Inspector Kylie Davies, district commander for Mansfield, said: “People who drive and ride off-road vehicles illegally in our parks and other green spaces are not only a nuisance; they are also a considerable danger to other members of the public and to themselves.
“This new protection order will make it easier for us to do this by giving us the power to order riders away from the area, regardless of how they are behaving. If people don’t comply then we will seize their bikes.
“Our off-road team will maintain a regular presence in the area in the coming weeks and months to enforce the law and gather evidence against those who continue to ride illegally.”
Illegal riders can’t say they haven’t been warned, and while a lot of these bikes will have been bought – either legally or in dubious circumstances – some of them will be stolen. To reduce theft, it really makes sense to register your off-road bikes with the DVLA; it’s free and you don’t have to wear a reg plate on the bike. You can find out how to register and off-road bike here.
Either that or get some security marking on it so it can at least be returned to you if it gets recovered.
It’s not as if Nottinghamshire is a desert for off road riders either – I found plenty of legal tracks just by doing a quick internet search, it’s just that they require payment, a van to get there and proper kit. I know from experience that some riders who mostly ride on proper tracks will, on the odd occasion, use an illegal area because it’s handy. The caveat is that they end up mixing with all the wrong sorts… the kind of people who like the look of your bike.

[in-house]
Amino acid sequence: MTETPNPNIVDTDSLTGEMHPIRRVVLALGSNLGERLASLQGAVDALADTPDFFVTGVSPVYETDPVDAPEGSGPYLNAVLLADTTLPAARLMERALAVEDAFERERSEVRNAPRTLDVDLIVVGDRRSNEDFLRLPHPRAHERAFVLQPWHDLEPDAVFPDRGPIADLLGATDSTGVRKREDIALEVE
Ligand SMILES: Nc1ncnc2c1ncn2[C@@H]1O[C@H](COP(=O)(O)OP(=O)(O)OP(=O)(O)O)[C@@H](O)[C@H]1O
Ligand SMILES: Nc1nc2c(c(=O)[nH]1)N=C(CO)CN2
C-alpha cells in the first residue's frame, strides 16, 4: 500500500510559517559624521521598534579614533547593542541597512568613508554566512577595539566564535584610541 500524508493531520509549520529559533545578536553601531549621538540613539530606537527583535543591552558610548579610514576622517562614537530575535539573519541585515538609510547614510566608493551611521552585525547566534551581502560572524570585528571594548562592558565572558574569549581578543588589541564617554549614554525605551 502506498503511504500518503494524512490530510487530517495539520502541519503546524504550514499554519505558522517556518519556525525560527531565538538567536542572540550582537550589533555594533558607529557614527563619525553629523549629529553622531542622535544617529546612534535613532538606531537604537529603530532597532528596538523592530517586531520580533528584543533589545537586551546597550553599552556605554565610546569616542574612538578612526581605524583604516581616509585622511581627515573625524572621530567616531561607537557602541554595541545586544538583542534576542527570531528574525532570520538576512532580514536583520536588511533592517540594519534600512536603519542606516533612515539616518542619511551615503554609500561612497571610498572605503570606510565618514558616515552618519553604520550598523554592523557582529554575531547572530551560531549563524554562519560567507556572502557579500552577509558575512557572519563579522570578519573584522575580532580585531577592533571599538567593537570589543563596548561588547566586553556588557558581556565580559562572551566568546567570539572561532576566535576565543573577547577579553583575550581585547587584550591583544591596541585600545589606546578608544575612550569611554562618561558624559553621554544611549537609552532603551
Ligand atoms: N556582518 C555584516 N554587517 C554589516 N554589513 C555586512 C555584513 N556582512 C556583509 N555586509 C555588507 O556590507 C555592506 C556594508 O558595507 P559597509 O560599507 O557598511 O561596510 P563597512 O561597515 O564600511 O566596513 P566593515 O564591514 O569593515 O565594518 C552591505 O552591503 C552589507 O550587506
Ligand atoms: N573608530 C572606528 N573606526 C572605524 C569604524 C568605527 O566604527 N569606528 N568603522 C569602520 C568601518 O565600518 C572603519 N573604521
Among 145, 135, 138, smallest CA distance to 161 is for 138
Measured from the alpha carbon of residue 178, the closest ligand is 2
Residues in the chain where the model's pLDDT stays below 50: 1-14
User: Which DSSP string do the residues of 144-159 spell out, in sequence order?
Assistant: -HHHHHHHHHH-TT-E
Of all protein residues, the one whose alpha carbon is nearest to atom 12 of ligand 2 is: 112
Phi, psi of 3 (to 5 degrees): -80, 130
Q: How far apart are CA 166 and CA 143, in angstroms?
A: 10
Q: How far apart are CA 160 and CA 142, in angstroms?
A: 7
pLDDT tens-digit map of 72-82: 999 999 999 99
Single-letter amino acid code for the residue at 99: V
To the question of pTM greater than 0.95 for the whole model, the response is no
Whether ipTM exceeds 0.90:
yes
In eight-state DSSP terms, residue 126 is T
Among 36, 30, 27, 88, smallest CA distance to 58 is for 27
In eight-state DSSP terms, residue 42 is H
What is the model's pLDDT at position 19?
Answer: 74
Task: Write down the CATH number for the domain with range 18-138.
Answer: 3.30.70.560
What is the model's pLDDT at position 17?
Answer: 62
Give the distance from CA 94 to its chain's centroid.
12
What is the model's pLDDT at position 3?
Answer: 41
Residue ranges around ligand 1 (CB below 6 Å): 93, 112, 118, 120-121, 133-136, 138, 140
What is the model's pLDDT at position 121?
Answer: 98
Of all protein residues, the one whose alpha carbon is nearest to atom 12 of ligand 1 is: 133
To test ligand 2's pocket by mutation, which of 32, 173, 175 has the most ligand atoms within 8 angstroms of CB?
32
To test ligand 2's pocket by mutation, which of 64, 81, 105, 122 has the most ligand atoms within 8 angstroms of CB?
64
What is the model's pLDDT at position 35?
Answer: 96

Images from Nottinghamshire Police
After a day’s training with Cleveland Police, these student cops were making their way home when they saw two males, wearing balaclavas, pushing a motorcycle along the road outside the training facility.
Despite having finished training, which means they would have been off duty and not had any protective equipment or radios, they managed to recover the bike after chasing the culprits.
The bike – a Suzuki VanVan – had been reported stolen in a burglary a few days earlier and was returned to its rightful owner.
Image from Cleveland Police
Crime Trainer Detective Sergeant Jolene Bolton said: “The student officers had received their initial training on conducting criminal investigations and this incident tied in very well with the learning we delivered that day.
“Their response was first class, and is proof they have taken on board a core principle of policing: to protect people and property!
“Teamwork meant the motorbike’s owner got his property back so it can’t be used in an illegal or antisocial manner.”
Left to right: Student officers Chris Donald, Rebecca Gleeson, Kay Aithwaite and Ben Walker. Image from Cleveland Police